Vacation Home? Income Property? Here’s How to Cover It
There are many reasons you might want to rent out your home on either a short- or long-term basis. Depending on the rental scenario, your standard homeowners policy may not cover losses incurred while your home is rented out, and you may require a more specialized insurance policy. So, whether you own a second home that you lease to to tenants, want to rent out a spare bedroom in your house periodically though Airbnb, or make a little extra cash renting out your beach cottage the weeks you’re not using it, the first step should be to call your insurance professional.
Short-Term Rentals/Primary Residence
If you are planning to rent out all or part of your primary residence for a short period of time, for instance, a week or several weekends, there will likely be two insurance scenarios.
- Some insurance companies may allow a homeowners or renters policyholder a short-term rental—assuming they have notified the company. Other insurers will require an endorsement (or rider) to the existing insurance policy in order to provide insurance coverage.
- If you plan to rent out your primary residence for short periods on a regular basis, to various “guests.” this would constitute a business. Standard homeowners insurance policies do not provide any coverage for business activities conducted in the home. To be properly covered you would need to purchase a business policy—specifically either a hotel or a bed and breakfast policy.
Long-Term Rentals/Second Home
If you are planning to lease your home to one person or a couple or family for a longer period of time, say six months or a year, you will likely need a landlord or rental dwelling policy. Landlord policies generally cost about 25 percent more than a standard homeowners policy to pay for increased protections. If you are regularly renting out a vacation home or investment property, this would also require a landlord or rental dwelling policy.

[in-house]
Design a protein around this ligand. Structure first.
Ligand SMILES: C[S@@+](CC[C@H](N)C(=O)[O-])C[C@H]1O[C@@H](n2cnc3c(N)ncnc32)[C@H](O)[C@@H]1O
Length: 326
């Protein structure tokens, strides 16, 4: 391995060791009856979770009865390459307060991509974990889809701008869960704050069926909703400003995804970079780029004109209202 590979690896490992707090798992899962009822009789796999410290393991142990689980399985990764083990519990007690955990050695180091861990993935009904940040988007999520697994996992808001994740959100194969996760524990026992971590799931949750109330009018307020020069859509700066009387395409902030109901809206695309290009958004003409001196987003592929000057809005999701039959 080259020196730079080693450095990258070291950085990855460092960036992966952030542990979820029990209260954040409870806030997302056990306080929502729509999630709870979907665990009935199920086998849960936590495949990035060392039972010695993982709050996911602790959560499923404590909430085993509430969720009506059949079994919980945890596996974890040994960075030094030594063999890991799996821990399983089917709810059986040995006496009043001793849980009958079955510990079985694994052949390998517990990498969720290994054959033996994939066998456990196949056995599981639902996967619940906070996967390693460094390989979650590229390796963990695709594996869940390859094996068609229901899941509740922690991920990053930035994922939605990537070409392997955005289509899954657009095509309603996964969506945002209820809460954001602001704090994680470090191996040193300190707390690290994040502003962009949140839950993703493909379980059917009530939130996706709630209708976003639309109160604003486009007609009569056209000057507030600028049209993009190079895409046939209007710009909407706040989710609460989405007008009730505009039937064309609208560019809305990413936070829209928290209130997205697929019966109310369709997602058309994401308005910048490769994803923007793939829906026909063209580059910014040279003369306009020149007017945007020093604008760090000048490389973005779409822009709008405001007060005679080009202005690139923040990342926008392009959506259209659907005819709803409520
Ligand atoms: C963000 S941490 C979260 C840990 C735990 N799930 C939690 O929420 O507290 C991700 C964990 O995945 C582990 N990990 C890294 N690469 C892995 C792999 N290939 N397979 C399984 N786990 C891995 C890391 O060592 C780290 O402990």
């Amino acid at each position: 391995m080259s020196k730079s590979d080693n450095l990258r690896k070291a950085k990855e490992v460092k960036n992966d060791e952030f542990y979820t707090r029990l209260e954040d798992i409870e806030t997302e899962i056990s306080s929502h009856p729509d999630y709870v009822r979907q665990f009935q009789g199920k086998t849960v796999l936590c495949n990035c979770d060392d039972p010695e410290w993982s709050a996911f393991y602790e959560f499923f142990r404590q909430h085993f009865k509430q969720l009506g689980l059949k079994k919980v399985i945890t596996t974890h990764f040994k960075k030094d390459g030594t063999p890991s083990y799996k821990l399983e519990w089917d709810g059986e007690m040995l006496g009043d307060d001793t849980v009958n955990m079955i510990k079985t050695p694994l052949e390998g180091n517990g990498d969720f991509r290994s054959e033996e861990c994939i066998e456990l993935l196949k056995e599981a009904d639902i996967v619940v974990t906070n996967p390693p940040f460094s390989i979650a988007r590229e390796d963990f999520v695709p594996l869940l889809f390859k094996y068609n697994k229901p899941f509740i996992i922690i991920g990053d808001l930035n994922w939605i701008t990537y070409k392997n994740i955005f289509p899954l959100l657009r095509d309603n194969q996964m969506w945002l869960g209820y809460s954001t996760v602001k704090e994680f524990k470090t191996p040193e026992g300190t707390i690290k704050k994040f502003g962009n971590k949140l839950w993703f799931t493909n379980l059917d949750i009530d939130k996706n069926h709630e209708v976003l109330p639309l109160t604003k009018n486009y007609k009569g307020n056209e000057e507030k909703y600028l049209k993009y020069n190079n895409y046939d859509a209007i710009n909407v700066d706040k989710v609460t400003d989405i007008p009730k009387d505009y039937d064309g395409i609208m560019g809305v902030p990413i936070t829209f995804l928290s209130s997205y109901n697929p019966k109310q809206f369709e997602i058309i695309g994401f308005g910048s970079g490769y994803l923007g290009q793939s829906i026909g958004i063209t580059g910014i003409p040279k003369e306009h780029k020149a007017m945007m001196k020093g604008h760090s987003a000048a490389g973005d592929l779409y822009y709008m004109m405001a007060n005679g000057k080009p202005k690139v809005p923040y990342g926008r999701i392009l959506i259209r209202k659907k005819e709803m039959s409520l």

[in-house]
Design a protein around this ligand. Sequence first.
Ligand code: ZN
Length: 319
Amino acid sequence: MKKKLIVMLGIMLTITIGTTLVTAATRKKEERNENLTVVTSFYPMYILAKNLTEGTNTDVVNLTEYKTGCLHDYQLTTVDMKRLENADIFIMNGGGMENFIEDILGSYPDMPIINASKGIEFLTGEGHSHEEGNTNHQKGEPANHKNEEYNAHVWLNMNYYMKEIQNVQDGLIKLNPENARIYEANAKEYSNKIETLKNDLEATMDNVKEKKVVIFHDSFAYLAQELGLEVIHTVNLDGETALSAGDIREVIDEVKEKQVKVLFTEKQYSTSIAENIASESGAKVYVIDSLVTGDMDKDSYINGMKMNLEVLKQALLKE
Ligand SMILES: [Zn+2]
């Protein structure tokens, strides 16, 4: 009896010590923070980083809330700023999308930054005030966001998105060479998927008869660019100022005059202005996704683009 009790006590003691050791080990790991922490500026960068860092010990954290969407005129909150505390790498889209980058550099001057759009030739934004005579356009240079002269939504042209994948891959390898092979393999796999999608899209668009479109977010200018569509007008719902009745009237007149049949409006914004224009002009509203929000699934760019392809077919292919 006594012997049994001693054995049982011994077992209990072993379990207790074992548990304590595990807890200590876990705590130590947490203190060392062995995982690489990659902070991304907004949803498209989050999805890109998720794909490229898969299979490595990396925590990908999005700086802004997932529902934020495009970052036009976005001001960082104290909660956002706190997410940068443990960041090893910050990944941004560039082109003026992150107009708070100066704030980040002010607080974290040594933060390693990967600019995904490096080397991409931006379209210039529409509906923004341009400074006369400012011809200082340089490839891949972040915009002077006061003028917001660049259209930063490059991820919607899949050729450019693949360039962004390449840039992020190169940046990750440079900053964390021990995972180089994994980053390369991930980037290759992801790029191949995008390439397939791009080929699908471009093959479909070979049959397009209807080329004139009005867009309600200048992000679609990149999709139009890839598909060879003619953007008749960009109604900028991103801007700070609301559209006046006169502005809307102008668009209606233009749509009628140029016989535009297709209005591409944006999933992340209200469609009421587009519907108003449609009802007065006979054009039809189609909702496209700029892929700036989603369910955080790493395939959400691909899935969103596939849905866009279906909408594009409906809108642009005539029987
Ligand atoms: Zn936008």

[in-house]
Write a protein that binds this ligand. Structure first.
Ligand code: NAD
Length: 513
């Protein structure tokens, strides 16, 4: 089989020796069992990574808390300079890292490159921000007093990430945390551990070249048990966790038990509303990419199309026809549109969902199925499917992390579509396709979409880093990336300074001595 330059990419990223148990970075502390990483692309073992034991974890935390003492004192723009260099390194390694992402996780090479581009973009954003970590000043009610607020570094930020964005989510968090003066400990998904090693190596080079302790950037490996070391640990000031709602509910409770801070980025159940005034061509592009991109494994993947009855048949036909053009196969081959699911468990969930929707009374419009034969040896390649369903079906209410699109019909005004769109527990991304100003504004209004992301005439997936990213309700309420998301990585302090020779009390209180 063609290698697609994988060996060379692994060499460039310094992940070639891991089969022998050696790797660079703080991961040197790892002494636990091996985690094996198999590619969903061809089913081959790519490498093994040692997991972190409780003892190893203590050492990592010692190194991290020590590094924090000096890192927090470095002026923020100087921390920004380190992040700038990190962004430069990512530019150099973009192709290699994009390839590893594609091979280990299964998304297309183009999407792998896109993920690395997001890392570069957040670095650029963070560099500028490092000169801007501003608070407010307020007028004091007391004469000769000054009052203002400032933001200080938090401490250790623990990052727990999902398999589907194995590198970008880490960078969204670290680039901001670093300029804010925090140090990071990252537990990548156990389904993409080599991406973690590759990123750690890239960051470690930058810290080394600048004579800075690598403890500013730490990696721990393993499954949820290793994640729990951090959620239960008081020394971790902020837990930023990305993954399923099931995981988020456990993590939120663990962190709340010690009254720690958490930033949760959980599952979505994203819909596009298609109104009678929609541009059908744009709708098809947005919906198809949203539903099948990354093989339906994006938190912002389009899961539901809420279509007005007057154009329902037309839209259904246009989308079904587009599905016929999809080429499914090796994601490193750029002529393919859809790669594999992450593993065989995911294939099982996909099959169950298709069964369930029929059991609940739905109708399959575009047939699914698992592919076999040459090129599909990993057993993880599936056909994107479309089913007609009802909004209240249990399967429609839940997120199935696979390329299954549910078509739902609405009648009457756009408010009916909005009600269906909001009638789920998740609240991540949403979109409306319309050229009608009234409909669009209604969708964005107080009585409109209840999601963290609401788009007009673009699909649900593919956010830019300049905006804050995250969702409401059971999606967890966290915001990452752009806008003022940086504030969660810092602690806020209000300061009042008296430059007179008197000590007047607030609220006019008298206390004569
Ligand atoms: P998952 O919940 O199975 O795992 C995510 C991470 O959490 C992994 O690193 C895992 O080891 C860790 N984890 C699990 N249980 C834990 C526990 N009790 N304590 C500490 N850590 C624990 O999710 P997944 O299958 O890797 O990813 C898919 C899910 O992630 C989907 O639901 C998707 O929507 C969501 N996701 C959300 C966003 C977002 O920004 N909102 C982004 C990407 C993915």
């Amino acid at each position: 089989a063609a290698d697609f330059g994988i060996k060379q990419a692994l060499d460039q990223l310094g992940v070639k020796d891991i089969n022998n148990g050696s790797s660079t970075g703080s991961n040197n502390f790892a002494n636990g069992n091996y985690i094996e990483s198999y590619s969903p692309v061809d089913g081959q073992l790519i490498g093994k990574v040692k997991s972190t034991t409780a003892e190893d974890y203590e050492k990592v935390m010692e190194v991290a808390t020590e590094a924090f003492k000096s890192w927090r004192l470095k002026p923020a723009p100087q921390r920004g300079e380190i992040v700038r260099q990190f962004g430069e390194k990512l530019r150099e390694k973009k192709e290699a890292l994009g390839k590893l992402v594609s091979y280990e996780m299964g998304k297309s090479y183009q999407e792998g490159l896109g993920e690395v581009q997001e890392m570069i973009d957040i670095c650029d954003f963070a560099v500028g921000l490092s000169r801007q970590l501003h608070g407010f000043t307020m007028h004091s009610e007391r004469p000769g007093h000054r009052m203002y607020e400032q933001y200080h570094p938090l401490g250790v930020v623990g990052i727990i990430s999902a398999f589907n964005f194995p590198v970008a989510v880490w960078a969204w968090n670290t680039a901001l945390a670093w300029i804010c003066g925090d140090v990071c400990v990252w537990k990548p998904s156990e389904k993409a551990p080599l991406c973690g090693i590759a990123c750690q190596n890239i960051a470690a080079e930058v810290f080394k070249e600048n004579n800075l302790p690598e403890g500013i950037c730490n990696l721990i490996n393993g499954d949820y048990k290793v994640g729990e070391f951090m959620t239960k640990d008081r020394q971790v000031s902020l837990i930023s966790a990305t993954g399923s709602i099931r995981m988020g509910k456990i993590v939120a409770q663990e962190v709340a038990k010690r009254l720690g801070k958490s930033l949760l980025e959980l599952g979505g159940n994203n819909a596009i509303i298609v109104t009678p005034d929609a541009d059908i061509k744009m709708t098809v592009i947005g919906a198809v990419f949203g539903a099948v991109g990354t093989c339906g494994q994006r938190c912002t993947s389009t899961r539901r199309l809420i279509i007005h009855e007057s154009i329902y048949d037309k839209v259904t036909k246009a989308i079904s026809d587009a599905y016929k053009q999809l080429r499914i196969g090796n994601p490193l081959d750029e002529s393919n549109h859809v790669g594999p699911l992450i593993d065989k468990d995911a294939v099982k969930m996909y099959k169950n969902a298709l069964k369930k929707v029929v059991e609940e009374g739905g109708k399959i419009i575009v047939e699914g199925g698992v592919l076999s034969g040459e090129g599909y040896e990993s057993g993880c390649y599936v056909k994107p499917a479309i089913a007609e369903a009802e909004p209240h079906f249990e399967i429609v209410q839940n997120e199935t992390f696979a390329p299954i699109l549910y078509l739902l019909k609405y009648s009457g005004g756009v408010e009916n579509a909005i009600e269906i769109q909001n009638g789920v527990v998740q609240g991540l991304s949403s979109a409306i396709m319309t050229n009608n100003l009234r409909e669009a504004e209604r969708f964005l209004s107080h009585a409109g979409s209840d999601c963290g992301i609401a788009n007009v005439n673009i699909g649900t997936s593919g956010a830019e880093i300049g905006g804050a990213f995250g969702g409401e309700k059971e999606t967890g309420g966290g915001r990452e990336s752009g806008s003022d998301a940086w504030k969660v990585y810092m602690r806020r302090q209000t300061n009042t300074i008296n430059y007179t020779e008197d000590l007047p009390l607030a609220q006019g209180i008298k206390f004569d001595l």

Landlord policies provide property insurance coverage for physical damage to the structure of the home caused by fire, lightning, wind, hail, ice, snow or other covered perils. It also offers coverage for any personal property you may leave on-site for maintenance or tenant use, like appliances, lawnmowers, and snow blowers.
The policy also includes liability coverage; if a tenant or one of their guests gets hurt on the property, it would cover legal fees and medical expenses.
Most landlord policies provide coverage for loss of rental income in the event you are not able to rent out the property while it is being repaired or rebuilt due to damage from a covered loss. This coverage is generally provided for a specific period of time.
As the landlord, your coverage is only on the structure itself and your financial interest in it. Your tenant’s personal possessions are not covered under your policy. In order to avoid disputes arising from damage to the renter’s belongings, many landlords require a tenant to buy before signing a lease.
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The information in this article was obtained from various sources and is not all inclusive regarding the subject matter. This content is offered for educational purposes only and does not represent contractual agreements, nor is it intended to replace manuals or instructions provided by the manufacturer or the advice of a qualified professional. The definitions, terms and coverage in a given policy may be different than those suggested here and such policy will be governed by the language contained therein. No warranty or appropriateness for a specific purpose is expressed or implied. Content provided by Insurance Information Institute.